If one of my birds was signalling like that to me, I would give them the space they're asking for. In doing so, I'm communicating to my birds that I understand what they told me, and that I respect them enough to listen. Over time, these interactions build trust.

We need to earn their trust, otherwise their instinct as wild prey animals is to want nothing to do with us.

free-range outside of their cages under a UVB lamp
Are your birds flighted? If they're remaining under the lamp, I assume they're clipped.

If Nova is clipped, she can't escape from unwanted interactions as she normally would (through flight) and will resort to biting more readily because she has no other option.

Think of the scenarios you're encountering from Nova's perspective and see if that begins to make sense of things.
 
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Genieb03

Checking out the neighborhood
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Genevieve
I'd start with a mental shift and eliminate the concept of unprovoked aggression from your thinking.

You've got a timid bird in Nova, who is clearly displaying she isn't happy with the situation ("gets really fluffy"), a stranger to Nova ("occasionally observe the birds") and that person disregards Nova's signalling (for whatever reason), and so gets bit ("as soon as she gets close"). Getting close to a bird that doesn't trust you, when it's signalling it's uncomfortable is a provocation. Over time, these interactions erode trust.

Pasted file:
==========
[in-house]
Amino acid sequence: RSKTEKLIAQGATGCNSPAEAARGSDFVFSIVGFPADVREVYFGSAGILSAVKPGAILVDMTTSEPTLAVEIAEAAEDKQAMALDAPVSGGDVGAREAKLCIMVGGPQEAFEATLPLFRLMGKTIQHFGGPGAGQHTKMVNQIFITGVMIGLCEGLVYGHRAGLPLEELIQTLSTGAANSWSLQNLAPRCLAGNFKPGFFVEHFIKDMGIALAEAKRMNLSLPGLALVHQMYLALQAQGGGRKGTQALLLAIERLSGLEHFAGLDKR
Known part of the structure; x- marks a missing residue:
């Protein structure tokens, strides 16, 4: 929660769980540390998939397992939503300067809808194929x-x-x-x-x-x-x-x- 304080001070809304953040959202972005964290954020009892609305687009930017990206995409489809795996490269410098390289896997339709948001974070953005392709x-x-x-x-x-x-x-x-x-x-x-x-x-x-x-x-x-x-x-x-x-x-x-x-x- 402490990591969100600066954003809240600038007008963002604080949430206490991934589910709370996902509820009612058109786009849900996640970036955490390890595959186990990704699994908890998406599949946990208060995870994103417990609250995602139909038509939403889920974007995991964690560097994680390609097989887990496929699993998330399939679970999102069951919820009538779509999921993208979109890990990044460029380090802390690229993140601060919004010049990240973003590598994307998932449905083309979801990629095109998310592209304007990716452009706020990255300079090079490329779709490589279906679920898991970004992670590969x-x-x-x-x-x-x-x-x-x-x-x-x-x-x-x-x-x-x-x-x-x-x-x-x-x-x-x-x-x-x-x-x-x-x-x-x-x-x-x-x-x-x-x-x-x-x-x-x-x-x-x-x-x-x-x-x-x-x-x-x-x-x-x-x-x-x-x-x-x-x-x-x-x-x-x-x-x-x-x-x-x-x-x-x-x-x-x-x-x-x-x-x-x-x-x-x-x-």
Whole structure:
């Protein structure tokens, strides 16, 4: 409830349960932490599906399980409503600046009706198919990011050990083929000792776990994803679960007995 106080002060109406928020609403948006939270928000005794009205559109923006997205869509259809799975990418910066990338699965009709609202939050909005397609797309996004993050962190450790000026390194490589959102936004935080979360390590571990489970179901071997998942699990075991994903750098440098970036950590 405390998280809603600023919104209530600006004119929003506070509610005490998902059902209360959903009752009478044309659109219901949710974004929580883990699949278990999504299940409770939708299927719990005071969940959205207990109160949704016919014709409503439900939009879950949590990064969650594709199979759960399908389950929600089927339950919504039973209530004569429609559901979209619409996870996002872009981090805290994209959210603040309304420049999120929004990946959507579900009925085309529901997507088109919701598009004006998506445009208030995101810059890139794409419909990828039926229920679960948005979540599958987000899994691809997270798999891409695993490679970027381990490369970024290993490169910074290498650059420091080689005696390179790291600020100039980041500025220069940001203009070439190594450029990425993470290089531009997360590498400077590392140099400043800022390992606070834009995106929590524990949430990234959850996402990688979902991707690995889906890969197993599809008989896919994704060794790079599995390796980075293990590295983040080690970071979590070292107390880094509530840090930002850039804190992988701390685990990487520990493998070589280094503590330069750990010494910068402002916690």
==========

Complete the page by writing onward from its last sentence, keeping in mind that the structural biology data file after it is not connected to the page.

If one of my birds was signalling like that to me, I would give them the space they're asking for. In doing so, I'm communicating to my birds that I understand what they told me, and that I respect them enough to listen. Over time, these interactions build trust.

We need to earn their trust, otherwise their instinct as wild prey animals is to want nothing to do with us.


Are your birds flighted? If they're remaining under the lamp, I assume they're clipped.

If Nova is clipped, she can't escape from unwanted interactions as she normally would (through flight) and will resort to biting more readily because she has no other option.